If my mother-in-law left no Will but had stated that one of her sons could live in her home as long as he wanted, does that mean that there is no time limit to his occupancy?

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If my mother-in-law left no Will but had stated that one of her sons could live in her home as long as he wanted, does that mean that there is no time limit to his occupancy?

Then when he is ready to sell the house, the monies would be divided amongst all 6 adult children. Is there a legal time limit on how long he can live in the house-meaning the estate could remain open for years? His lawyer suggested he put the title of the house in his name if his siblings agree to this and then agree to pay them their share of the house whenever it is sold. Does that make good legal sense? Another sibling is living in the house with him and has refused to move out. If the title is put in the other siblings name, can he legally evict this brother. The brother will still have a legal share of the house.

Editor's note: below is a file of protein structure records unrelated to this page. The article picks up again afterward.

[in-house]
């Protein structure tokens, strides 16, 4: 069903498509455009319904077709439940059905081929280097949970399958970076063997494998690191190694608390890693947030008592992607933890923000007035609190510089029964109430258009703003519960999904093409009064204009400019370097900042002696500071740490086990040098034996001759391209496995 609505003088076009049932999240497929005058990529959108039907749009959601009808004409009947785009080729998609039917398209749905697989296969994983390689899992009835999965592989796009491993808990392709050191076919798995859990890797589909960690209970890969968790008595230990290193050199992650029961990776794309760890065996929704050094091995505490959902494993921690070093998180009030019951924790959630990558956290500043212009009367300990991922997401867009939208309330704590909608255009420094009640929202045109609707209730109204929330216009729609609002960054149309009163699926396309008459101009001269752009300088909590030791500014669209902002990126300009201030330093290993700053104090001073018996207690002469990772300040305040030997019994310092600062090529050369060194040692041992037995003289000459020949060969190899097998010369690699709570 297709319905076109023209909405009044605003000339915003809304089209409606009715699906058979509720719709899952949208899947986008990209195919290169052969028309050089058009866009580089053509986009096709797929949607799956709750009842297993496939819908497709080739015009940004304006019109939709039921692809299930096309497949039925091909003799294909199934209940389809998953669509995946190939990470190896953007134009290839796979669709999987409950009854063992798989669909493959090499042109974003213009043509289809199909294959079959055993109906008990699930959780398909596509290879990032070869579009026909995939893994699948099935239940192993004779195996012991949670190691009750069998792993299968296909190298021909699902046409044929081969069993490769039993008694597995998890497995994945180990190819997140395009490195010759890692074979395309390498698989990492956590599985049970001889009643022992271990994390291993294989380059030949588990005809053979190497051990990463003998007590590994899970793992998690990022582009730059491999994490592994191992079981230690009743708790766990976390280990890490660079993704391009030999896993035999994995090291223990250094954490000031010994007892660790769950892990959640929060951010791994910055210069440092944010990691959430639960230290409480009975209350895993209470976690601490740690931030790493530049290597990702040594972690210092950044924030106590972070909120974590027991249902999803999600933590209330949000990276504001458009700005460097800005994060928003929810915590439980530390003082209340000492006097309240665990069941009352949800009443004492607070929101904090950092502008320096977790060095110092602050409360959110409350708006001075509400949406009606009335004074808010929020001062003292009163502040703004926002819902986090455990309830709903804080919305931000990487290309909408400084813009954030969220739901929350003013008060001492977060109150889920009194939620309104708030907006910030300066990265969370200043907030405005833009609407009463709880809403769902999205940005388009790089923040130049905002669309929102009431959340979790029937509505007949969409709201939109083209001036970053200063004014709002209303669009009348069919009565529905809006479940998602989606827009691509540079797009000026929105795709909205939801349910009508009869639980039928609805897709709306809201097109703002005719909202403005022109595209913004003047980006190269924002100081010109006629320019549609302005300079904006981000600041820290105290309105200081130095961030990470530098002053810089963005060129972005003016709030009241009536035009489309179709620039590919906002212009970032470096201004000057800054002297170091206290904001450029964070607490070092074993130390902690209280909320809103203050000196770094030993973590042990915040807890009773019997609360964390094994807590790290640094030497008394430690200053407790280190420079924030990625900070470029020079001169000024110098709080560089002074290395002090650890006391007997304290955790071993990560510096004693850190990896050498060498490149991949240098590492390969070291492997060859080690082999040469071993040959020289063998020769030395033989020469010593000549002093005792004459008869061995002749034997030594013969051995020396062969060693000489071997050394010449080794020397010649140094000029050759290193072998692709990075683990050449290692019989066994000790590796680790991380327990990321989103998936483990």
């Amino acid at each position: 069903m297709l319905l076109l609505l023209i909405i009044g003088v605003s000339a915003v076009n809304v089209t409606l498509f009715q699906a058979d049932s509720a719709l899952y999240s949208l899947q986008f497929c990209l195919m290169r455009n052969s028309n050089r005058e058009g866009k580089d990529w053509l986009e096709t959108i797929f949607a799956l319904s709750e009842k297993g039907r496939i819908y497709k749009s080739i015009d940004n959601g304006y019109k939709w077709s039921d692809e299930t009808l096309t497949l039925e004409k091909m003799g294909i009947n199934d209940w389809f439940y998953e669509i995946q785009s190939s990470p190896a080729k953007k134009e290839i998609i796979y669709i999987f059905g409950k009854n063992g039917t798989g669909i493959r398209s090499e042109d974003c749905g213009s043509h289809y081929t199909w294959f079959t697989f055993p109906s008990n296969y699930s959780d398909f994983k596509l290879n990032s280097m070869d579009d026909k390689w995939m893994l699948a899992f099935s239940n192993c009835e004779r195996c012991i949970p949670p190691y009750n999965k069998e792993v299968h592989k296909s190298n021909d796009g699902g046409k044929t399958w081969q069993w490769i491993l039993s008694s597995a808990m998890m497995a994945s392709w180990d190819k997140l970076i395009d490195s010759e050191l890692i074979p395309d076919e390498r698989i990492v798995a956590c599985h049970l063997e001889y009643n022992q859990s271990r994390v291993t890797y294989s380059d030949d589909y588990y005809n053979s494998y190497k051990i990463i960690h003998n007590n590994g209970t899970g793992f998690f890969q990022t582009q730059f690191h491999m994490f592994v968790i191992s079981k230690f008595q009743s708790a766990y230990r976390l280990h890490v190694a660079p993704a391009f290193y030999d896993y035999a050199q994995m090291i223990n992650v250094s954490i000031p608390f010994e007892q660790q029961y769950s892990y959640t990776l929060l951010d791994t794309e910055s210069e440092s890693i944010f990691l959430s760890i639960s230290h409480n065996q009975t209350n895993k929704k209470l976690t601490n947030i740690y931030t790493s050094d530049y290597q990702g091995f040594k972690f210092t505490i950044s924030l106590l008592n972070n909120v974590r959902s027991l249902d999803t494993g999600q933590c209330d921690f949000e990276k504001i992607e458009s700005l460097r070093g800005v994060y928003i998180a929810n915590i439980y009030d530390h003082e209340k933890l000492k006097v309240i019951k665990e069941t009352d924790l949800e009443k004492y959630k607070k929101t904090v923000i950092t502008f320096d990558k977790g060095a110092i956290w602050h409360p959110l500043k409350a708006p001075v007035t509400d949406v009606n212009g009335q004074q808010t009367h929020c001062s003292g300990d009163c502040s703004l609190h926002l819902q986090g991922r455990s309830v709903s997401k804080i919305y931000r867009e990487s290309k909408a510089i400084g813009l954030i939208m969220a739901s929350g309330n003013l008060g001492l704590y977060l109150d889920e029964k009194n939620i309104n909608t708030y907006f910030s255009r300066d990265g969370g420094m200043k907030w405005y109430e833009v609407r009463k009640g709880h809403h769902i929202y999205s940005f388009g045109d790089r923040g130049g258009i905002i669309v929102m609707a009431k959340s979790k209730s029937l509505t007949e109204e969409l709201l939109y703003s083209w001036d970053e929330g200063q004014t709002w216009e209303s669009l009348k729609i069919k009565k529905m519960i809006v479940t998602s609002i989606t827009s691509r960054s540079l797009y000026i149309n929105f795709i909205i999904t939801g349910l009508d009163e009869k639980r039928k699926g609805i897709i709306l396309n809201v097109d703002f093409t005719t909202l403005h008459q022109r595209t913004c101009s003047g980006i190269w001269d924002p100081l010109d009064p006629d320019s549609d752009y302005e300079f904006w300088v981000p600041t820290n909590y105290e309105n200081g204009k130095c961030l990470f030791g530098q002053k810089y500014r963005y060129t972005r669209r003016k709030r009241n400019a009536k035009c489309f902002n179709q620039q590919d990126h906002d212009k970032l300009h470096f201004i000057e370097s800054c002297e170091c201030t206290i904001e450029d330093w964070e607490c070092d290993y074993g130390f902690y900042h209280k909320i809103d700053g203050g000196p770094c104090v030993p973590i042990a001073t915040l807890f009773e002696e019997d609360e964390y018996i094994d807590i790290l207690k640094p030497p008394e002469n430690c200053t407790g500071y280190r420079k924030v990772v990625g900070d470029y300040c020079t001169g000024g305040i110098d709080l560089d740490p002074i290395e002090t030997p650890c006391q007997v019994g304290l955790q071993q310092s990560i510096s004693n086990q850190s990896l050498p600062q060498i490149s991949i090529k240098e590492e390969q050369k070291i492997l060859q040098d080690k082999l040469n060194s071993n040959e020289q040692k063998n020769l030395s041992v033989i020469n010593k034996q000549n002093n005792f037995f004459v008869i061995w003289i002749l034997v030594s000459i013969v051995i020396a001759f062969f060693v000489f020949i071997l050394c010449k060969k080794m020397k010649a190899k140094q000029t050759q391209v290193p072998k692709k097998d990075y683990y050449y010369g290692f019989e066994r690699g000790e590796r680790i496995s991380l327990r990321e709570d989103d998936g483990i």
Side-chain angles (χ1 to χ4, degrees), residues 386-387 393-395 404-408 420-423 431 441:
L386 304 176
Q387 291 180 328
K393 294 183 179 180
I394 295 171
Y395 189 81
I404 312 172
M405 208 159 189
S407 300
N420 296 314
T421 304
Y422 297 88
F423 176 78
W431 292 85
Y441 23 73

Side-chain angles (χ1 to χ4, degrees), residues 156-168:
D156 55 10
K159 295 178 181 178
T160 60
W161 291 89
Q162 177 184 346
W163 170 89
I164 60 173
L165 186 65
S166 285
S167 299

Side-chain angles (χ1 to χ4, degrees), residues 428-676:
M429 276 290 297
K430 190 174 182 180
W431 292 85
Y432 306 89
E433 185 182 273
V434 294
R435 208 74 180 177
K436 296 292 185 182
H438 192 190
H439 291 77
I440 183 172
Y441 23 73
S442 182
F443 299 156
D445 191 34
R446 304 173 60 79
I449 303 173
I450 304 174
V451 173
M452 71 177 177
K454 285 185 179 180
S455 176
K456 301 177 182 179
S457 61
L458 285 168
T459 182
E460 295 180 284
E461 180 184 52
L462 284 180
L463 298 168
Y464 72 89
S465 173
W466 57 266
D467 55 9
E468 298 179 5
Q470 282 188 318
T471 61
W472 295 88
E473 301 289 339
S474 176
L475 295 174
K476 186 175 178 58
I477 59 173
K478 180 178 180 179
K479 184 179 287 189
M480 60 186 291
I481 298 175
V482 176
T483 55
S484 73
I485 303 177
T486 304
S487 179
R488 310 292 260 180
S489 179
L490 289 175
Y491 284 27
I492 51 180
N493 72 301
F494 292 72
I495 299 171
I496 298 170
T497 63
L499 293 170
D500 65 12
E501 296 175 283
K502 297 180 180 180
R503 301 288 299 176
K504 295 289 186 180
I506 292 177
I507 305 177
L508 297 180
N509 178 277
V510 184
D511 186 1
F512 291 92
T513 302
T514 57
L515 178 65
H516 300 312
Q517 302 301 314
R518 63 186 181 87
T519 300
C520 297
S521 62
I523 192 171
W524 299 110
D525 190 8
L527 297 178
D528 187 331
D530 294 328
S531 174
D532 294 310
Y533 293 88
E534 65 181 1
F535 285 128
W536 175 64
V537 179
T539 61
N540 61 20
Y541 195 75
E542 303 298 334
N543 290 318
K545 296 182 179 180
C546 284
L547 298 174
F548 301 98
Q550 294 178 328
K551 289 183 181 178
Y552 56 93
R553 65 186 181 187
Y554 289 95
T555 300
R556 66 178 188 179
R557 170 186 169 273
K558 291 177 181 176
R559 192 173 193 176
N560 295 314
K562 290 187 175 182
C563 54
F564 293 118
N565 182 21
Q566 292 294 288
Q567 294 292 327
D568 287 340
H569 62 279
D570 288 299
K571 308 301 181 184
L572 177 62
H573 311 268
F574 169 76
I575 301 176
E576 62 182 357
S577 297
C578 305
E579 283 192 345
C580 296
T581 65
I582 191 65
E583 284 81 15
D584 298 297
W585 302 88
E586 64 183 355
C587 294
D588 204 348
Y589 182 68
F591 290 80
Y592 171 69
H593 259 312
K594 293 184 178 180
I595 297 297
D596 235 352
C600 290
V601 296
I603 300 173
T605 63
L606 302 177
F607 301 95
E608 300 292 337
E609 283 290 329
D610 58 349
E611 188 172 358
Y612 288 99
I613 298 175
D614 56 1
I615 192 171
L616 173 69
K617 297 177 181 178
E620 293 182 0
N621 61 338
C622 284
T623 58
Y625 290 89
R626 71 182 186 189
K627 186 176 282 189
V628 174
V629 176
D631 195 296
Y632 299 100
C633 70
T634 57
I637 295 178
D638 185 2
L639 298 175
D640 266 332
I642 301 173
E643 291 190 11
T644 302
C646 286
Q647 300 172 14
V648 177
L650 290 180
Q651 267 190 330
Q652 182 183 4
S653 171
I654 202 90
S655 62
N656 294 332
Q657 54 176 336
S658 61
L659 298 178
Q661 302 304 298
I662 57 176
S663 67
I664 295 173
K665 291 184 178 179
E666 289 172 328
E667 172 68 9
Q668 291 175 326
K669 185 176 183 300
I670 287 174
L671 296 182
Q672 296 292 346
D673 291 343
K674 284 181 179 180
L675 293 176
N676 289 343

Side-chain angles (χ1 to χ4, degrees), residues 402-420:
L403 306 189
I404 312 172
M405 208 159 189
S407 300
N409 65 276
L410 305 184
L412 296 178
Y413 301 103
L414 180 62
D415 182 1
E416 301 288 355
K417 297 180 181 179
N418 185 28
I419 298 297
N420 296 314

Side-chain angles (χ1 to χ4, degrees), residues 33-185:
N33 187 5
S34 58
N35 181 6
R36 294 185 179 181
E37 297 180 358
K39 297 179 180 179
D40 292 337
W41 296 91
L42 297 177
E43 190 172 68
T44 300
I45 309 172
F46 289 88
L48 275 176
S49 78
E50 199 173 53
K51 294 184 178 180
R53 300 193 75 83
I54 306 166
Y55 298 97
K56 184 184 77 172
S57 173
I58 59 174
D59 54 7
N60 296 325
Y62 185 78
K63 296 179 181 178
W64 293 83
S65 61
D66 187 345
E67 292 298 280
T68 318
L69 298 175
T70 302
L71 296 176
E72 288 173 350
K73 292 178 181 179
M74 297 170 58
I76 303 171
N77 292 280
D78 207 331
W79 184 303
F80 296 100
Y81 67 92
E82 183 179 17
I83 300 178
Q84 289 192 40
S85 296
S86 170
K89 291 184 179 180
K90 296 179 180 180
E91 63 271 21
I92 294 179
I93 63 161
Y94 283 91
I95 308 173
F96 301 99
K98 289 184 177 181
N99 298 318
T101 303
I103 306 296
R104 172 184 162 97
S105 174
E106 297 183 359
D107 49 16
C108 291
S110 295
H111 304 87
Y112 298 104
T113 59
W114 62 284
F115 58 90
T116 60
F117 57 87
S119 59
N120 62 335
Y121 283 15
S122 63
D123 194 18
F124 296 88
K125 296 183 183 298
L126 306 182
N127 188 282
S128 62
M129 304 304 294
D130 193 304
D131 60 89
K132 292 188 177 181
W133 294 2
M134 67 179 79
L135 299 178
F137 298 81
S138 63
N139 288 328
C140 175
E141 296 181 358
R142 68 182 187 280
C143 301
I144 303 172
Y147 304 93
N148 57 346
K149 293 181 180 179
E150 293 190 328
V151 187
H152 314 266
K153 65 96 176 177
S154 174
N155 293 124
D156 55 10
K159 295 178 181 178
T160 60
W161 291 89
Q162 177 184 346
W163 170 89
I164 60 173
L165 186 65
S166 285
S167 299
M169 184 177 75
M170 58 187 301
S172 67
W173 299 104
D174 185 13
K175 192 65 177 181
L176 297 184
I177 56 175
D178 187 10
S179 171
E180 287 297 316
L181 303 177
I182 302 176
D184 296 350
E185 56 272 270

Asked on February 1, 2015 under Estate Planning, Minnesota

Answers:

M.T.G., Member, New York Bar / FreeAdvice Contributing Attorney

Answered 6 years ago | Contributor

No, it does not sound in the best interest of the 5 other siblings.  First, a Will must be written in Minnesota.  Oral Wills are not valid.  Also, it sounds as if the sibling was given a life estate but again, it has to be in writing in a Will.  If your Mother in Law dies intestate - with out a Will - then the children will share equally and each have equal rights right now.  Now, if the kids want to agree to let the brother live in the house that is their choice but I would speak with a different lawyer asap.  Not his lawyer.  No agreement should be made between them unless it is in writing and signed by all of them.  A party needs to be appointed as the Administrator to evict the other brother.  Good luck.


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